By Sam Doran and Michael Norton
STATE HOUSE NEWS SERVICE
STATE HOUSE — The Massachusetts Lottery is preparing for challenges posed by the opening of the Plainridge Park slots parlor later this month, and the coming of full-fledged casinos in the near future, according to Treasurer Deborah Goldberg.
During a Greater Boston Chamber of Commerce forum this week at the Renaissance Boston Waterfront Hotel, Goldberg, who oversees the Lottery, said the agency “cannot be complacent” and must go beyond just advertising to increase profits in the face of casino gambling.
Like her predecessors, Goldberg will face pressure during her four-year term to boost Lottery profits, which lawmakers and governors over the years have relied upon to increase aid to cities and towns.
While her predecessors have only had to measure up the potential of casinos to dent Lottery receipts, the threat is real for Goldberg.
Goldberg plans to install new wireless technology to replace obsolete hardware and terminals and to meet with retailers as part of what she says will be an “innovative and savvy” approach. With respect to the new slots parlor, she said she wants to know whether people will be “spending all their money at Plainridge and only buying gas” at nearby gas stations and convenience stores that serve Lottery patrons. Goldberg said she’ll be mindful of the needs of Lottery retailers.
Local communities put Lottery revenues to use, Goldberg said, pointing to this past winter as an example. Harsh weather decimated some local budgets and municipalities were able to “plug some of those holes” with unrestricted funds from the Lottery.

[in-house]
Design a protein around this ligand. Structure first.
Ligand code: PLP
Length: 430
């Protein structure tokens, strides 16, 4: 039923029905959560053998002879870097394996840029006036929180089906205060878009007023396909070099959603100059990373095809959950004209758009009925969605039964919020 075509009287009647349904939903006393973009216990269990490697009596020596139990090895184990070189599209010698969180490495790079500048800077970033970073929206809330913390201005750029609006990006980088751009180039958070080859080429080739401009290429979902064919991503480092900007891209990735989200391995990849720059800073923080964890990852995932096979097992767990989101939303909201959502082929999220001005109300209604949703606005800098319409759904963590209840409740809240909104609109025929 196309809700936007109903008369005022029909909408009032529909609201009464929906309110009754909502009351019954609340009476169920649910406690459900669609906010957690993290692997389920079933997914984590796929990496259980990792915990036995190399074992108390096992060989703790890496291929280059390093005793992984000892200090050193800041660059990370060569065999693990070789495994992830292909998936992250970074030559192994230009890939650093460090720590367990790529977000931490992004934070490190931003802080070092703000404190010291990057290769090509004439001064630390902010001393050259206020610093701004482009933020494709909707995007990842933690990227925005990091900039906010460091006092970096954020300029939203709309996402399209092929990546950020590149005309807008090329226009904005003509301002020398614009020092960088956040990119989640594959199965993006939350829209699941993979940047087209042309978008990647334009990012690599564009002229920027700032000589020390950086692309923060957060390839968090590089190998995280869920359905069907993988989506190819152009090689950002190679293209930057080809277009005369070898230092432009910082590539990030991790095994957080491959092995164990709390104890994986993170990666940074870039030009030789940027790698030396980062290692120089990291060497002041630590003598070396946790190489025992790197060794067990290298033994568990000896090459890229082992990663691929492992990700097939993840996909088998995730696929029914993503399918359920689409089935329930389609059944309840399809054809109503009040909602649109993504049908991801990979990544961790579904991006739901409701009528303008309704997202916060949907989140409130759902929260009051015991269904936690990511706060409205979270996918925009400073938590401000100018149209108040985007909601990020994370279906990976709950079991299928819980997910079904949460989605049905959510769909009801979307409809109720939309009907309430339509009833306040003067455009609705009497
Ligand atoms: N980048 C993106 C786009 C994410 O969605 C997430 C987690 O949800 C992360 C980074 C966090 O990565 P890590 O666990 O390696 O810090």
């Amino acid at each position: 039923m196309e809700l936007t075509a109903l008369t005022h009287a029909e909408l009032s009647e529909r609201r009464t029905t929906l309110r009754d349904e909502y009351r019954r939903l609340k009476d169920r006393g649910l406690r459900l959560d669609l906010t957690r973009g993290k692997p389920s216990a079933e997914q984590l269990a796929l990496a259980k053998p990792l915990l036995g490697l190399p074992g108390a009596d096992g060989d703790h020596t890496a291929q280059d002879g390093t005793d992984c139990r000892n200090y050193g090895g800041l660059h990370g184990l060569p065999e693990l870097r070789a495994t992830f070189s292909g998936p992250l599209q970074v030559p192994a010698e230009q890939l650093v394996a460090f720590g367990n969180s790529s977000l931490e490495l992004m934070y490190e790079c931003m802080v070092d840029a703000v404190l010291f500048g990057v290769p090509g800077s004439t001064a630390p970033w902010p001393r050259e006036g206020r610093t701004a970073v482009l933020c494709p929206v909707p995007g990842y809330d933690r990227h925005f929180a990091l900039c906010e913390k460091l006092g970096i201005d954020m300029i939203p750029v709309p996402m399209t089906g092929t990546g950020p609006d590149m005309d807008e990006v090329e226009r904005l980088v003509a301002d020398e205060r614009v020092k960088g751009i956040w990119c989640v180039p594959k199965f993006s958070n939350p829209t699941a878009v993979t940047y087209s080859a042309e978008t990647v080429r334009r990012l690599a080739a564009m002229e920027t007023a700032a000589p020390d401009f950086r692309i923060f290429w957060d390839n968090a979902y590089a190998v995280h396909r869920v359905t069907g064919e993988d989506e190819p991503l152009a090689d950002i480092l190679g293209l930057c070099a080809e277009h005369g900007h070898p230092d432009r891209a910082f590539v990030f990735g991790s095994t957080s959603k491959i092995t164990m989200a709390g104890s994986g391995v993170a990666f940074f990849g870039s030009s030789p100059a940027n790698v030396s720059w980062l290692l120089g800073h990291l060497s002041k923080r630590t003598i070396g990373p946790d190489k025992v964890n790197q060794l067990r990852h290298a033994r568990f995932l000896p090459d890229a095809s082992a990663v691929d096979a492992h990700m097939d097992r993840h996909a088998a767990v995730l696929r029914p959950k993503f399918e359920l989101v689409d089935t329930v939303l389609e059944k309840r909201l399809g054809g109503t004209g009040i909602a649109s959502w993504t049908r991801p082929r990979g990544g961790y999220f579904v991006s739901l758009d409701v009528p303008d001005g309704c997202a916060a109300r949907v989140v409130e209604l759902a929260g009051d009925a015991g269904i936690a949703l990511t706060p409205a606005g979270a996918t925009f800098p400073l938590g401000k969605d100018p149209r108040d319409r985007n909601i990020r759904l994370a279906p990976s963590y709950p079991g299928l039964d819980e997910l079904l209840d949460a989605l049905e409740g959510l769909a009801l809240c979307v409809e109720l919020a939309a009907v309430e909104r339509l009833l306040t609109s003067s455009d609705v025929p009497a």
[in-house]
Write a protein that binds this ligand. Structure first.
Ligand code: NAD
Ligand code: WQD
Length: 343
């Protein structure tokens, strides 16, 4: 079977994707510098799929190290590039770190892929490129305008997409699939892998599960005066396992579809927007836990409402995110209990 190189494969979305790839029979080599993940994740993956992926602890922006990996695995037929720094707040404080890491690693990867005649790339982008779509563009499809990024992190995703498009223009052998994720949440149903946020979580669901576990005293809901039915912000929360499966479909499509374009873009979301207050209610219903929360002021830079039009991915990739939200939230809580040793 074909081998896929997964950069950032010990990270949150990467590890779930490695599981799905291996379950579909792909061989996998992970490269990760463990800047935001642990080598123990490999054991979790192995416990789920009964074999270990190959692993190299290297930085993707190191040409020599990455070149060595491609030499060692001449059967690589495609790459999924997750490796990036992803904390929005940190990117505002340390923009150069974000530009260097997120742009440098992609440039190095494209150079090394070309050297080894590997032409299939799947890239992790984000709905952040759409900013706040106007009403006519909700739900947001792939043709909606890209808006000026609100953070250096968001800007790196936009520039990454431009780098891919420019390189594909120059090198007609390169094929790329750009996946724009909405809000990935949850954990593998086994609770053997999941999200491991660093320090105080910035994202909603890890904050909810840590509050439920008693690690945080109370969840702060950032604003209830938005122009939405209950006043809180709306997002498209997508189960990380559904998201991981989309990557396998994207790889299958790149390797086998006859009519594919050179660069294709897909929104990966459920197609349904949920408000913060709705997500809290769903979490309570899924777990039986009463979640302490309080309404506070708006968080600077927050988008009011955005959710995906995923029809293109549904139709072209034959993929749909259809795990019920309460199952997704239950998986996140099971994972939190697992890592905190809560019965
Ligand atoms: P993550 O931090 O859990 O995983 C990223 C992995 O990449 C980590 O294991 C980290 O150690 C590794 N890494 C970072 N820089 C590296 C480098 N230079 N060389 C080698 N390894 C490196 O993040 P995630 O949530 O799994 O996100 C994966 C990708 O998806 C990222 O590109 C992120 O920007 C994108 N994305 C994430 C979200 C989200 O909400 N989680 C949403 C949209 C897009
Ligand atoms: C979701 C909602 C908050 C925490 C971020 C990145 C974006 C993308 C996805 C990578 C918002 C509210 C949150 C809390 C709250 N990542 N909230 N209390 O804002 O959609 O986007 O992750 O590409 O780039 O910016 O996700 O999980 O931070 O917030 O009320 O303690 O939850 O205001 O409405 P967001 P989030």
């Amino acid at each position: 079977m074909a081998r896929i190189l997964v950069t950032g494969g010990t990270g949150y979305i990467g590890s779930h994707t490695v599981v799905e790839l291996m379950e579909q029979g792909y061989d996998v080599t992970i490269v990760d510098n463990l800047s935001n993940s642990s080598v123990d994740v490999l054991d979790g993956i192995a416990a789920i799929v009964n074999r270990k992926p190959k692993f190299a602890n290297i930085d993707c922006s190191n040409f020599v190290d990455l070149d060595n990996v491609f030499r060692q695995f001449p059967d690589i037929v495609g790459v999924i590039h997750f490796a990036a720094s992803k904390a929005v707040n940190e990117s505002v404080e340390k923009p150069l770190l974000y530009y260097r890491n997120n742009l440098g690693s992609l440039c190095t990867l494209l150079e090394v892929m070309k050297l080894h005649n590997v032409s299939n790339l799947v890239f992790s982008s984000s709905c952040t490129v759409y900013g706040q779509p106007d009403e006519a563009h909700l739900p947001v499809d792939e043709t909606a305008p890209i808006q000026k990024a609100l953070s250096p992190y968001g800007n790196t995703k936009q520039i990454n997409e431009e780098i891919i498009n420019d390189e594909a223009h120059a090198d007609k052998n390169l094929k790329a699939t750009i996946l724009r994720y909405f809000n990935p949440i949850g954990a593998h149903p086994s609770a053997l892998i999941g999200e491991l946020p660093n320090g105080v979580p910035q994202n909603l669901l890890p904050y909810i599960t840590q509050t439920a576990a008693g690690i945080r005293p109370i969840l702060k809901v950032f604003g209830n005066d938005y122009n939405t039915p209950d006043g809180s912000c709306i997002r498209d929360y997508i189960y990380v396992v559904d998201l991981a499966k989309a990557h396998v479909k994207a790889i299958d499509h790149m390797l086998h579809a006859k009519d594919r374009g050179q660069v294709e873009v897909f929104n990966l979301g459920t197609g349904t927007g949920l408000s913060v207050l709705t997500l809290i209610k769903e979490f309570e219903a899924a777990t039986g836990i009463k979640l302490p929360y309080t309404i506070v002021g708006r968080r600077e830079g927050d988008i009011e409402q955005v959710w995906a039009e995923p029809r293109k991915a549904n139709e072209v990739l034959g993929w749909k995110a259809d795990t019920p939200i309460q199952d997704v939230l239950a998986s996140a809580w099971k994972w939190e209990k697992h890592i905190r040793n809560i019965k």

Fellow government employee Steve Crosby, the chairman of the Massachusetts Gaming Commission, which is licensing casinos and helping to grow the new industry, is scheduled on June 23 – the day before Plainridge opens – to address a chamber breakfast.
“I was fascinated to see that Steve Crosby will be the next speaker,” Goldberg said with a smile Tuesday. “I may have to come, to hear what he has to say. As a competitive advantage, I should be here.”
Lottery Executive Director Beth Bresnahan is preparing to leave the agency at the beginning of July, and Goldberg in late May named her deputy general counsel, Michael Sweeney, as interim director. Sweeney has worked in the Treasury since 2010 and before that worked as planning director for the city of Lawrence.
In February, just after Goldberg took office, her team lowered expectations of Lottery profits earmarked for local aid by $35 million for the remainder of this year and next year due to spending cuts made by Gov. Charlie Baker and the Legislature to close a budget shortfall.
Bresnahan at the time said the Lottery needed to cancel three instant tickets that were scheduled for release, costing the state $12.4 million in profits in fiscal 2015 and $22.5 million in fiscal 2016.
With over 70 percent of Lottery sales coming from instant tickets, officials said net profits for the budget year that ends on June 30 were expected to total $935.4 million, down from $947.8 million.
In March, making the case to lawmakers for a $10 million Lottery ad budget that she predicted would lead to higher profits, Goldberg said that at $8 million, the Massachusetts Lottery ranked last in the nation in advertising dollars as a percentage of sales.
Goldberg used her speech to the business group to talk up a pilot college savings program for kindergarteners that will be introduced this fall. “These accounts will be funded through public-private partnerships,” she said, and “will teach basic financial literacy skills” to both children and parents. The program will “create aspirations for higher education or technical training,” she said.